Portrait head of a lady in quasi-divine guise

Roman Provincial
Imperial Period
about A.D. 138–160

Catalogue Raisonné

Sculpture in Stone (MFA), no. 368; Sculpture in Stone and Bronze (MFA), p. 115 (additional published references).


Height: 28 cm (11 in.)

Accession Number


Medium or Technique

Marble from the Greek islands or western Asia Minor, with strong crystals

Not On View


The Ancient World



Full of character and individuality, this anonymous portrait presents the subject in somewhat ideal fashion. The complete statue must have shown this mature young lady, slightly plump but with decided features showing character, as a goddess, perhaps as a draped Persephone or as a similar Artemis. The hair is bound in a fillet above the forehead, drawn back in waves, and knotted behind. A heavy ring of braids, like that of a Hellenistic Aphrodite, encircles the crown. They are attractively looped and divided. The face is a moving illustration of late Antonine emotionalism, the head turned slightly sideways and the eyes upward as if inspired by the unseen or unrevealed beyond
Nose and chin have been damaged; the surfaces, chipped here and there, have a crusty, yellowish patina.
The woman’s upturned eyes have been made excessively prominent to emphasize her pious, spiritual nature. Her gentle, benign expression may well mark her as virtuous and benevolent. A braid of her hair is knotted above her forehead like a diadem. This hairstyle is also worn by the Empress Sabina (died in A.D. 136 or 137).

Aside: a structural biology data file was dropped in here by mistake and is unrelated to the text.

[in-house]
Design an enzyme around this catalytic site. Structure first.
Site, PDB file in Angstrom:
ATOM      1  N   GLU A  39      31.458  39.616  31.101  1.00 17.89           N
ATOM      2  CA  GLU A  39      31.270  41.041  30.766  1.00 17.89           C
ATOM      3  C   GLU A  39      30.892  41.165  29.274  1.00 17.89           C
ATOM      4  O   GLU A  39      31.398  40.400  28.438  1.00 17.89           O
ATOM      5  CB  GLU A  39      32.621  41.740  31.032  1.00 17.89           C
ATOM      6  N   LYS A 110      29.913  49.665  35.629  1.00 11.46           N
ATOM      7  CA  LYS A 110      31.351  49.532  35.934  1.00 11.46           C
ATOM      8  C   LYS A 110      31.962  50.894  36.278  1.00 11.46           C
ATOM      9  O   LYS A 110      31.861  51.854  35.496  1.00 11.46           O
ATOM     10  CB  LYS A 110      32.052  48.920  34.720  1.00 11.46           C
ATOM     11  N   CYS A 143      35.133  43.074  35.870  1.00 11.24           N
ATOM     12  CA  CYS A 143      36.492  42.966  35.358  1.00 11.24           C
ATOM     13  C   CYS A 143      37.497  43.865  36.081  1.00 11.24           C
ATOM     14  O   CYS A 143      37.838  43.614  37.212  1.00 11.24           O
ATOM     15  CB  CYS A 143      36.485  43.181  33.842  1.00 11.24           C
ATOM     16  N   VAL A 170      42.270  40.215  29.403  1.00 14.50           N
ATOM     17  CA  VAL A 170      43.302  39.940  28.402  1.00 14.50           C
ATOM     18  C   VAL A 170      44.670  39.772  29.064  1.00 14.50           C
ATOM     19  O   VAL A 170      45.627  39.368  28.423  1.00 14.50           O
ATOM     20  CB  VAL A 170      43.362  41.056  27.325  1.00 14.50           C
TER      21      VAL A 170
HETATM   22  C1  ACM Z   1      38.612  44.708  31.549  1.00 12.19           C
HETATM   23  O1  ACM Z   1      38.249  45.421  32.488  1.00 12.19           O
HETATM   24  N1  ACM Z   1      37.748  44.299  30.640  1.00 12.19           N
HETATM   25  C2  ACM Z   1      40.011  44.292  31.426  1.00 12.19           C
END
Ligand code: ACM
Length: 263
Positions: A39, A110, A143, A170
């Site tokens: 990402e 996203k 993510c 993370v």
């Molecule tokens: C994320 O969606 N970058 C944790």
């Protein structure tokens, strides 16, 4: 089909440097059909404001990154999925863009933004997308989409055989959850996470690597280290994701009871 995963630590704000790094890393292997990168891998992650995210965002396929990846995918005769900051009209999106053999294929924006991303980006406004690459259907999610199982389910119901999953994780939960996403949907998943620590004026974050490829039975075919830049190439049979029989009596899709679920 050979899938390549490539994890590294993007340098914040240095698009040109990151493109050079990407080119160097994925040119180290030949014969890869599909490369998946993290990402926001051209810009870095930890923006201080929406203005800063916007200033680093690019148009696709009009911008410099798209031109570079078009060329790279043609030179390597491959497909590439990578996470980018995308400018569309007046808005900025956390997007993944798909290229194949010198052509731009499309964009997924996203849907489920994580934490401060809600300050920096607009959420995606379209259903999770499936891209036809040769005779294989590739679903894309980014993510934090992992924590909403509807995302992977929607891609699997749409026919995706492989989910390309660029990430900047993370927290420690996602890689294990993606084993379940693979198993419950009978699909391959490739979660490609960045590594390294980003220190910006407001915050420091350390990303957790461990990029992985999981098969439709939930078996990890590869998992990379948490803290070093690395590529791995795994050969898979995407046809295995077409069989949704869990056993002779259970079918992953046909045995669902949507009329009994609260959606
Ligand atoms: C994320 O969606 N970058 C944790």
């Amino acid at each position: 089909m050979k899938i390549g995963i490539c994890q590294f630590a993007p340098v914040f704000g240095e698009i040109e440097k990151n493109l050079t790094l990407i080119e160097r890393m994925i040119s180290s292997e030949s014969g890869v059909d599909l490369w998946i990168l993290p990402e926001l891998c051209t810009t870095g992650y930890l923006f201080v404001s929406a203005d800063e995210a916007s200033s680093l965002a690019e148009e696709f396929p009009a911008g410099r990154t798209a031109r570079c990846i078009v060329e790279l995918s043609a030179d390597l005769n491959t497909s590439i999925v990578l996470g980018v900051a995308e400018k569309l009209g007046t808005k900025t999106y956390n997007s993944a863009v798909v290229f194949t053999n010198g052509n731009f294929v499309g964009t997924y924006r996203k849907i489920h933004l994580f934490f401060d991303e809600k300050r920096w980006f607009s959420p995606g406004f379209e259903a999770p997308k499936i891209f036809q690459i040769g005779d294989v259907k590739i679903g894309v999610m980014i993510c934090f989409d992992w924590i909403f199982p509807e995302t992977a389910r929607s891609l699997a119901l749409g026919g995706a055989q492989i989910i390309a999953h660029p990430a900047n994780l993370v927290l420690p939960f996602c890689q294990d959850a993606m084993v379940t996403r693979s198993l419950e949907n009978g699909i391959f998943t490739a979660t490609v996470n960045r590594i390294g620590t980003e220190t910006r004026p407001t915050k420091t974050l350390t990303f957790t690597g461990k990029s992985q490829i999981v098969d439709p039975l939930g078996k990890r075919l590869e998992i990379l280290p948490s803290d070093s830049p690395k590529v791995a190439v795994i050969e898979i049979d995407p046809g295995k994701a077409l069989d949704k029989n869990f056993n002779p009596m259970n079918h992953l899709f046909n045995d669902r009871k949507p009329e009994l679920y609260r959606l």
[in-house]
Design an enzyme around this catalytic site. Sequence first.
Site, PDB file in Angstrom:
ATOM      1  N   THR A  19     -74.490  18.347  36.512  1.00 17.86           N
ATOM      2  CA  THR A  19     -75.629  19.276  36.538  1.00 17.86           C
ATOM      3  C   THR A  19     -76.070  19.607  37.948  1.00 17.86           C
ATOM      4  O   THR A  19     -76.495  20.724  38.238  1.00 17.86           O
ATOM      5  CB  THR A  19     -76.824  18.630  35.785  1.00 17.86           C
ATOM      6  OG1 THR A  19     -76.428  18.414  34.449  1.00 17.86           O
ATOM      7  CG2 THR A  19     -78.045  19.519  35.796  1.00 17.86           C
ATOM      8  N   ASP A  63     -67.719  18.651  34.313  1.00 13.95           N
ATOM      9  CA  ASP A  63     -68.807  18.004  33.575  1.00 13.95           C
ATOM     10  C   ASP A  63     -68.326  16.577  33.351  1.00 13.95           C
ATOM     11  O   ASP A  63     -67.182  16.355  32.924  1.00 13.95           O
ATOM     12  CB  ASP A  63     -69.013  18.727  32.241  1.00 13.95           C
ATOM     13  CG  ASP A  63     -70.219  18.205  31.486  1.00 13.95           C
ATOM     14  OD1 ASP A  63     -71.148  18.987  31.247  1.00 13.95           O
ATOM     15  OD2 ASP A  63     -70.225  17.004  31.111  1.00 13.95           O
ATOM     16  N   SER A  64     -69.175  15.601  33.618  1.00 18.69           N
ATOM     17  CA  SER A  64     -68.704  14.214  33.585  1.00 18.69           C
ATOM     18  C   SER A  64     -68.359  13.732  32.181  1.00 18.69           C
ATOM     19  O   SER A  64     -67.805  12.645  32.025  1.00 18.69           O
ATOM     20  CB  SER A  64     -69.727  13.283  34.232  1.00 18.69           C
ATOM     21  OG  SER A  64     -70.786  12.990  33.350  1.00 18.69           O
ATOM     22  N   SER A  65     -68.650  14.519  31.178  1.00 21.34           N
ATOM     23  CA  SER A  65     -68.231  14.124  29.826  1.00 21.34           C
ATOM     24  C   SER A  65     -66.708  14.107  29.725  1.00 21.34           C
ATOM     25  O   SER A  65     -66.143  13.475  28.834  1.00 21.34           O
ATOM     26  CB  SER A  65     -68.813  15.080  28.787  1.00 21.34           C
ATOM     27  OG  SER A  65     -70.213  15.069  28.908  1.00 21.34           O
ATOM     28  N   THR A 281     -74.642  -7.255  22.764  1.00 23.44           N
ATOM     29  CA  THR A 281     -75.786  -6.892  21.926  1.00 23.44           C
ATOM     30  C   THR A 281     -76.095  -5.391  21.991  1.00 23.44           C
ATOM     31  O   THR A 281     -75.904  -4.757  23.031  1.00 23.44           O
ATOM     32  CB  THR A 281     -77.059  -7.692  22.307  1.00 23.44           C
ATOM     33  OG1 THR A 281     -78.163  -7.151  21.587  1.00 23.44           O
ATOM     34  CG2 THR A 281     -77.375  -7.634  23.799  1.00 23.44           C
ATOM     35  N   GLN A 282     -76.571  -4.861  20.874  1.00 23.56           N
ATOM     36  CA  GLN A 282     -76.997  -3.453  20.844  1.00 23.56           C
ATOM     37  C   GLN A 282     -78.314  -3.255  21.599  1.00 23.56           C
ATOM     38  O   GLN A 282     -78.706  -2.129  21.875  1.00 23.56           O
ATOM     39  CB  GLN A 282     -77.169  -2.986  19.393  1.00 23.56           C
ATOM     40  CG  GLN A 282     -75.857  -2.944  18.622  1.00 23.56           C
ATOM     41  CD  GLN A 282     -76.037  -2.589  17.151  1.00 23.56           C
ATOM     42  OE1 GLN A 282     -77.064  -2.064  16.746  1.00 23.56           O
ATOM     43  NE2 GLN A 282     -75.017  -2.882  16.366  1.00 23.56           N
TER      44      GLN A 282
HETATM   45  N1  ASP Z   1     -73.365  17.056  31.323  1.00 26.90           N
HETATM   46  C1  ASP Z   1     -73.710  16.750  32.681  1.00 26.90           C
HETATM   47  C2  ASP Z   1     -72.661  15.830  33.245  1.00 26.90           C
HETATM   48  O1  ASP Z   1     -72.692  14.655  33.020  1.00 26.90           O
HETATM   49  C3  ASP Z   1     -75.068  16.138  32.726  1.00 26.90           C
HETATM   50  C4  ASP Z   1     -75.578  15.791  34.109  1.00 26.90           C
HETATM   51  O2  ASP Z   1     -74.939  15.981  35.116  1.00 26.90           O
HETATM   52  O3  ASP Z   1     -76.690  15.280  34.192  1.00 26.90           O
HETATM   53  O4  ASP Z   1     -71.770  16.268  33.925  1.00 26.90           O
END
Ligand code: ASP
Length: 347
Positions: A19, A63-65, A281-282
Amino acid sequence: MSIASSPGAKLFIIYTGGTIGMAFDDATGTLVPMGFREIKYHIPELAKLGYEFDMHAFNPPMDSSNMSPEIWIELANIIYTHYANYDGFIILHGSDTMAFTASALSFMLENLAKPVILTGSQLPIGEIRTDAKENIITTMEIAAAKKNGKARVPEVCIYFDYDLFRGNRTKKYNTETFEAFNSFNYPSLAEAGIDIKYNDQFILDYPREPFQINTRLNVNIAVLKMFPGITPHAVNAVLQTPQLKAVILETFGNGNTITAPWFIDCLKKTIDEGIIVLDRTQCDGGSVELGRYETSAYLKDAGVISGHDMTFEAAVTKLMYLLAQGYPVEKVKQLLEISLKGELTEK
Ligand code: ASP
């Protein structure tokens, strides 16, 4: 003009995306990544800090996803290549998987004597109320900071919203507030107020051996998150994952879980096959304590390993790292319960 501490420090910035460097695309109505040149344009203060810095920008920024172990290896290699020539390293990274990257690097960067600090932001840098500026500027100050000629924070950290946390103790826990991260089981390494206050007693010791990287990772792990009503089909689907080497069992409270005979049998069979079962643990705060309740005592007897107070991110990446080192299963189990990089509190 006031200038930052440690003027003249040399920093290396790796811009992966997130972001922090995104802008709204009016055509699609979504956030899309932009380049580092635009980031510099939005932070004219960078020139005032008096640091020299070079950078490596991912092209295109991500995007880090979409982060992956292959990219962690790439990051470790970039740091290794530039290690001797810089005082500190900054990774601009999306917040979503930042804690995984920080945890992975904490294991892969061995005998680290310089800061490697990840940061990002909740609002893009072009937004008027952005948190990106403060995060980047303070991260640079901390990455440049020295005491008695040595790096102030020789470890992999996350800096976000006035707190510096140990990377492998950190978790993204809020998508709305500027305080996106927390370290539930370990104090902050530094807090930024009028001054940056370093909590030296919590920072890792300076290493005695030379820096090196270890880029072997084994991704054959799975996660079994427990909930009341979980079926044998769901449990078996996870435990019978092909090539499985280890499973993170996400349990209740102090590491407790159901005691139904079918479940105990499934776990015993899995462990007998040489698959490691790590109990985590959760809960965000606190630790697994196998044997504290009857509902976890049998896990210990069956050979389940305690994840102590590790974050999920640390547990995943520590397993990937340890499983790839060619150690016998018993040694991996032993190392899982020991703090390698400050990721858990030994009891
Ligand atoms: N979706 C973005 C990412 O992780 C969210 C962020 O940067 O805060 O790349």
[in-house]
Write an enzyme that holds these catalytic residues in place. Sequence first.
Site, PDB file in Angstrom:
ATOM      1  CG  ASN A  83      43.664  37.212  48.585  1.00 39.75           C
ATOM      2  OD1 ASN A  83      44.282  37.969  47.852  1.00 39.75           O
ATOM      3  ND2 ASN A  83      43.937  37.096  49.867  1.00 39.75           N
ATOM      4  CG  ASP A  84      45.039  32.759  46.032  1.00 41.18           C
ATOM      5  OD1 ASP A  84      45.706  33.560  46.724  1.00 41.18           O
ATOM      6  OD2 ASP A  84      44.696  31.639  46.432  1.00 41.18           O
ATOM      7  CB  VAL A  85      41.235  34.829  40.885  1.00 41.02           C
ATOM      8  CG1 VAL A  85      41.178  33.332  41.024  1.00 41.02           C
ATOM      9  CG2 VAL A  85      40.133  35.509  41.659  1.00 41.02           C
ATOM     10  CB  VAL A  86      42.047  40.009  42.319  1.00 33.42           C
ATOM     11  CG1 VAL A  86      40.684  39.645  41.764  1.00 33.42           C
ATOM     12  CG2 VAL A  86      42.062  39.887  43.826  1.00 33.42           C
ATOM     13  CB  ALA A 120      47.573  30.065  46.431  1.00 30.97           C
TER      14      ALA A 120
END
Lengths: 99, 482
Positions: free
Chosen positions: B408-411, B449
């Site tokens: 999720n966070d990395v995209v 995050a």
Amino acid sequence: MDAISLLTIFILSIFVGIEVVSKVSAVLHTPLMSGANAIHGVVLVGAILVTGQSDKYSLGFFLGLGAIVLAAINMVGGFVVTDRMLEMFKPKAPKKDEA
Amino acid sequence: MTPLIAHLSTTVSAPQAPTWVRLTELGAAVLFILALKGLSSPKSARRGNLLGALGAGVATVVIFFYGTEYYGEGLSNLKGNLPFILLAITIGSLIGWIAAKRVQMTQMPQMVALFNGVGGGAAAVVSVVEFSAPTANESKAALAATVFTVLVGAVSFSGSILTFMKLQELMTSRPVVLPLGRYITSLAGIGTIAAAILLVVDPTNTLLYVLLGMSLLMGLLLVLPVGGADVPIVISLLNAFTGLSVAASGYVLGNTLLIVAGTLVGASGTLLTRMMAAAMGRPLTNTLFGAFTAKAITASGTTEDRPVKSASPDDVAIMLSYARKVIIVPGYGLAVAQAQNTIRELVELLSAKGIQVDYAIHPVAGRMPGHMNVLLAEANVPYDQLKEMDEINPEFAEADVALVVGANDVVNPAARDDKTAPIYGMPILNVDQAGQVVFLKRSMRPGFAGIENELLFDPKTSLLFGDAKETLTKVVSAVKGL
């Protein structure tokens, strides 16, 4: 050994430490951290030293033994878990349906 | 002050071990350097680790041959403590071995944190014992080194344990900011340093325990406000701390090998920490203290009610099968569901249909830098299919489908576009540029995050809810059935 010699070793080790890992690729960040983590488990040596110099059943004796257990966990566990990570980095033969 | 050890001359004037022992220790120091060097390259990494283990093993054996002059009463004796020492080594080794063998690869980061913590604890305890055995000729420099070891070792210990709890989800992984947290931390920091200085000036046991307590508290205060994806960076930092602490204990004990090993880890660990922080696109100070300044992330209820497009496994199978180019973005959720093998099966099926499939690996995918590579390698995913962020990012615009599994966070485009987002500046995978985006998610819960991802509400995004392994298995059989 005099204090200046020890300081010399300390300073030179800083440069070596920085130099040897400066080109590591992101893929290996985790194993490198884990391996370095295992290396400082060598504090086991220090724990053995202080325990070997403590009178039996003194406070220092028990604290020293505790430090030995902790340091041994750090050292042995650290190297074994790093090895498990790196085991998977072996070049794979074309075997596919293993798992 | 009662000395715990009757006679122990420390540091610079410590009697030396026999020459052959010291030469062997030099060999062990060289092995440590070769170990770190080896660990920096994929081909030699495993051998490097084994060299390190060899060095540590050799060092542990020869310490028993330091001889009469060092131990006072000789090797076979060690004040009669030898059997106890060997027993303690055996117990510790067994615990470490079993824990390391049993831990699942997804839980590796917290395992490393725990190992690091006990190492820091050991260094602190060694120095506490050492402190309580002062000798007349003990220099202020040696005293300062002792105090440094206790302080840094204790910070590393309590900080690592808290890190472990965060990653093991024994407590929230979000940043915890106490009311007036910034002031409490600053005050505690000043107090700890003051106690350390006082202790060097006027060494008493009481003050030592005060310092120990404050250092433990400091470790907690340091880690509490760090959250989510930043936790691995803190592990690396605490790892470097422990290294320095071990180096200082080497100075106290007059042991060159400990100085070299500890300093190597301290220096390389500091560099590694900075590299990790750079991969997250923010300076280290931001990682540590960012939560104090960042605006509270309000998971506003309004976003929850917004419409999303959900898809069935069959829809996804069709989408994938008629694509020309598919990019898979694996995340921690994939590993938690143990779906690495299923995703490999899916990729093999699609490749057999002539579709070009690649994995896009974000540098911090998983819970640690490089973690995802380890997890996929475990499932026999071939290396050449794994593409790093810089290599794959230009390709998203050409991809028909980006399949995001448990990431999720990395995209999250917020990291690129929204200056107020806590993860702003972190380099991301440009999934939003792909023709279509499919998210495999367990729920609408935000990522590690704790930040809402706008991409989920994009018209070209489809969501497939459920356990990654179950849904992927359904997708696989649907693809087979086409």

Scientific Analysis:
Harvard Lab No. HI095: Isotope ratios - delta13C +1.19 / delta18O -3.51, Attribution - Aphrodisias 1, Aphrodisias 2, Paros 2, Usak, Ephesos 2, Mylasa; Justification - White, coarse-grained marble.


1973, sold by Mohammad Yeganeh (dealer; b. 1929 - d. 2012), Galerie für Griechische, Römische und Byzantinische Kunst, Frankfurt, to the MFA [see note]. (Accession Date: May 9, 1973)

NOTE: According to Sculpture in Stone: The Greek, Roman and Etruscan Collections of the Museum of Fine Arts, Boston (1976), pp. 234-235, no. 368, this sculpture is said to have been found in Asia Minor and to come from a private collection in Central Europe. The dealer probably have provided this information at the time of acquisition.

Credit Line

Benjamin and Lucy Rowland Fund